In addition to covering vulnerable plants in general, the Department's regulations establish special requirements for ginseng plants. These are a result of an international trade agreement known as the Convention on International Trade in Endangered Species of Wild Fauna and Flora of 1973 (CITES) signed by the United States and many other countries, administered in the United States by the United States Fish and Wildlife Service (USFWS). See http://www.cites.org/ and http://www.fws. gov/international/plants/american-ginseng.html. The relationship between the Department's ginseng harvesting regulation and CITES is discussed as follows.
Purposes of this Final-Form Rulemaking
Section 45.69 addresses certain activities regarding the harvest of vulnerable plants in general and ginseng in particular. This section establishes a harvest season for ginseng that runs from September 1 to November 30 and prohibits the possession of harvested green ginseng roots between April 1 and the start of harvest season. This final-form rulemaking moves the start of harvest season forward by 1 month to September 1 and, consistent with this change, prohibits possessing harvested green roots between April 1 and September 1. The amendments also correct the terminology in § 45.69(a)(2) for the ginseng berry.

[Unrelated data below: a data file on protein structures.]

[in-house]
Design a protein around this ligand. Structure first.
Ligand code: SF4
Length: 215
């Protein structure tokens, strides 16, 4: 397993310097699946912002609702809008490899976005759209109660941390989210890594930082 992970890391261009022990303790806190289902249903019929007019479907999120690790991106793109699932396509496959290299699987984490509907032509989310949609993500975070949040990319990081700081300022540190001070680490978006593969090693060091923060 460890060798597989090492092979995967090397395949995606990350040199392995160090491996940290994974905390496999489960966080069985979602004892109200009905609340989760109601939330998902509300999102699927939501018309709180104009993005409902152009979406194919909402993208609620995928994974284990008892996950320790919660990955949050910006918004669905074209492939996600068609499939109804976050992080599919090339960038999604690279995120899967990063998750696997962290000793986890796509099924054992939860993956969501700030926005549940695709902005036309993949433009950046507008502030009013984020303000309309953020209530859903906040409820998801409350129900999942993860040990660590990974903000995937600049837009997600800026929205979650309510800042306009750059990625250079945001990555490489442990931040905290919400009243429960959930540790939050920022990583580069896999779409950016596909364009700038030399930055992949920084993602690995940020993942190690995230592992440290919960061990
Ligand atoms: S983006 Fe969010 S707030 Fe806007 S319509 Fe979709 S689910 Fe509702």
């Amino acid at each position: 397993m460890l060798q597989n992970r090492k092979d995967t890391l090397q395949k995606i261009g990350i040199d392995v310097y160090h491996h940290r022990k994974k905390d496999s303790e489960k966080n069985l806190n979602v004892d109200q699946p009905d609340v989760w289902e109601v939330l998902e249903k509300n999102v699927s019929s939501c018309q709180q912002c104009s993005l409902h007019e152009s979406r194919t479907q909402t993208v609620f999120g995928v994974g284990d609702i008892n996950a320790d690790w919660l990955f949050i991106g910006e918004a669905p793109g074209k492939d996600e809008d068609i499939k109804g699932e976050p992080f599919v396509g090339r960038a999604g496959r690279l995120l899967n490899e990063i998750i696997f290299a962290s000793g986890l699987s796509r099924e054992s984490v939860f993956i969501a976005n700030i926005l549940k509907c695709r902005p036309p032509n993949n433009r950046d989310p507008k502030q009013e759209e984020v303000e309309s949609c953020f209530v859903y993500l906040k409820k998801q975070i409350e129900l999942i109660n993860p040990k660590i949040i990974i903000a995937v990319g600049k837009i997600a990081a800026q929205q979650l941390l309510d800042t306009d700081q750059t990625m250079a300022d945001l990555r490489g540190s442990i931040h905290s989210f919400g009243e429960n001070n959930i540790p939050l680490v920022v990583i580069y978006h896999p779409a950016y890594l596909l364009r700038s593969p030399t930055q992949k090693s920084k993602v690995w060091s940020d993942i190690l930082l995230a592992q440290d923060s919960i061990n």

The intent of § 45.69(a) is to ensure the sustainability of ginseng. It takes a ginseng plant at least 5 years to mature. Ginseng seeds have the best chance of producing new plants if they come from a mature plant and are planted near the site of the harvested plant. Section 45.69(a), therefore, allows only mature plants to be harvested and requires that the seeds of these plants be planted in the immediate vicinity of the collection site. To ensure that only mature plants are harvested, § 45.69(a) puts collectors on notice of the physical characteristics of a mature ginseng plant—it has at least three leaves of five leaflets each and red berries. In addition, this section prohibits collection of the plant before the start of the harvest season as defined in the section. Therefore, to comply with the Department's ginseng harvesting requirements, a collector may harvest ginseng plants only if: 1) they have at least three leaves of five leaflets each; 2) they have red seeds (berries); 3) they are collected during harvest season; and 4) their seeds are planted in the immediate vicinity of the collection site.